Legislative Priorities

Most Recent
May 20, 2015
College has become less affordable for all Maine students, but college remains least affordable for low-income students and working adults. Maine’s public college affordability gap means that the college costs remaining after grant aid is applied still account for 71 percent of a low-income family’s annual earnings.
May 18, 2015
This proposal would not only benefit working families, but help the state economy. By working to determine which skills are in demand and working with postsecondary institutions to meet that demand, it will help provide Maine businesses with the skilled workers they desperately need.
May 12, 2015
The portion of this bill that addresses the benefit “cliff” helps people move from state and federal assistance to employment without suddenly losing critical monthly income. 
May 11, 2015
Low-income students seeking admission to community college have less unmet need than those attending the University of Maine. According to research presented to the Commission to Study College Affordability, after grants and loans, part-time work, and family contributions, students attending the University of Maine still have more than a $17,000 affordability gap  over a four-year period.
May 7, 2015
“Maine’s Marketplace enrollment has been a stunning success.  Maine’s uninsured rate dropped 4.5 percentage points between 2013 and 2014 – the first year the Marketplace policies were available.
May 7, 2015
Part-time workers are mostly ineligible for employer retirement plans. Just over 40,000 Mainers work in part-time jobs. Maine has the sixth highest rate of “involuntary part-time” employment in the nation.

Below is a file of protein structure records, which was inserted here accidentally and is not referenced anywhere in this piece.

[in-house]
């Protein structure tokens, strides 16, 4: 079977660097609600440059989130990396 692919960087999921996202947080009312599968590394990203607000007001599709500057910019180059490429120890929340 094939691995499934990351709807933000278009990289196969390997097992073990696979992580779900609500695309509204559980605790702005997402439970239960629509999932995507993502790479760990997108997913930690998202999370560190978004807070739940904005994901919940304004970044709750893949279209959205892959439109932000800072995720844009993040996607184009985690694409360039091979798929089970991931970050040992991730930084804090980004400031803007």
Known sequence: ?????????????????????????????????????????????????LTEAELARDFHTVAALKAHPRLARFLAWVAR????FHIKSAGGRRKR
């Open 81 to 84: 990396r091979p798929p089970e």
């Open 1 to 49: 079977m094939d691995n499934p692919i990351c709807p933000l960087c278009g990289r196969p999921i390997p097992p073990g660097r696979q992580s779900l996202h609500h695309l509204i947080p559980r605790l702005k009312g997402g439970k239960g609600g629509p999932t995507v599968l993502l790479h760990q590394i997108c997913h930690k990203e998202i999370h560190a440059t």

May 7, 2015
“Maine’s [health insurance] Marketplace enrollment has been a stunning success.  Maine’s uninsured rate dropped 4.5 percentage points between 2013 and 2014 – the first year the Marketplace policies were available .
May 5, 2015
Like other states across the country, Maine’s constitution requires that the legislature balance the state budget every year, so any income tax cut must result in some combination of spending cuts or increases in other taxes.
May 5, 2015
The Maine Center for Economic Policy particularly supports the community eligibility working group. This community eligibility program allows high-poverty schools to offer nutritious breakfasts and lunches to all students at no charge, rather than to only a subset of income-eligible students.
May 4, 2015
The cost of a public education in Maine has become unaffordable. Our veterans, especially low-income, working veterans, struggle with the cost of college. This bill would work to combat this by targeting members of the Maine National Guard for full tuition waivers at all public higher education systems in the state.